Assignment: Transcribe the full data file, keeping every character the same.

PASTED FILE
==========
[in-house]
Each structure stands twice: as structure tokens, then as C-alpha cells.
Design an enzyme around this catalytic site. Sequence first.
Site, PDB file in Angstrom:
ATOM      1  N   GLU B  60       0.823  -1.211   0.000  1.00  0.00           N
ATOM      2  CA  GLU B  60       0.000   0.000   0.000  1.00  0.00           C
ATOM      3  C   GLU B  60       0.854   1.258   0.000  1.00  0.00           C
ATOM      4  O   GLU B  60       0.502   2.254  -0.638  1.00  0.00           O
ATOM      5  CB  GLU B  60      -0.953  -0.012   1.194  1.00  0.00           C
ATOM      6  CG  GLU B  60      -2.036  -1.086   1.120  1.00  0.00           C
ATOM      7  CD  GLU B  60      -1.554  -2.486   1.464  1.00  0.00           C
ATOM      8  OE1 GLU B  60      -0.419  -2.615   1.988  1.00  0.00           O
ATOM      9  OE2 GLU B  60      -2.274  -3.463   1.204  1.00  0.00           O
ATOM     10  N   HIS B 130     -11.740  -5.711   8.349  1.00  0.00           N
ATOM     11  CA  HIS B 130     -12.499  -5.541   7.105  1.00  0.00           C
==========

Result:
[in-house]
Each structure stands twice: as structure tokens, then as C-alpha cells.
Design an enzyme around this catalytic site. Sequence first.
Site, PDB file in Angstrom:
ATOM      1  N   GLU B  60       0.823  -1.211   0.000  1.00  0.00           N
ATOM      2  CA  GLU B  60       0.000   0.000   0.000  1.00  0.00           C
ATOM      3  C   GLU B  60       0.854   1.258   0.000  1.00  0.00           C
ATOM      4  O   GLU B  60       0.502   2.254  -0.638  1.00  0.00           O
ATOM      5  CB  GLU B  60      -0.953  -0.012   1.194  1.00  0.00           C
ATOM      6  CG  GLU B  60      -2.036  -1.086   1.120  1.00  0.00           C
ATOM      7  CD  GLU B  60      -1.554  -2.486   1.464  1.00  0.00           C
ATOM      8  OE1 GLU B  60      -0.419  -2.615   1.988  1.00  0.00           O
ATOM      9  OE2 GLU B  60      -2.274  -3.463   1.204  1.00  0.00           O
ATOM     10  N   HIS B 130     -11.740  -5.711   8.349  1.00  0.00           N
ATOM     11  CA  HIS B 130     -12.499  -5.541   7.105  1.00  0.00           C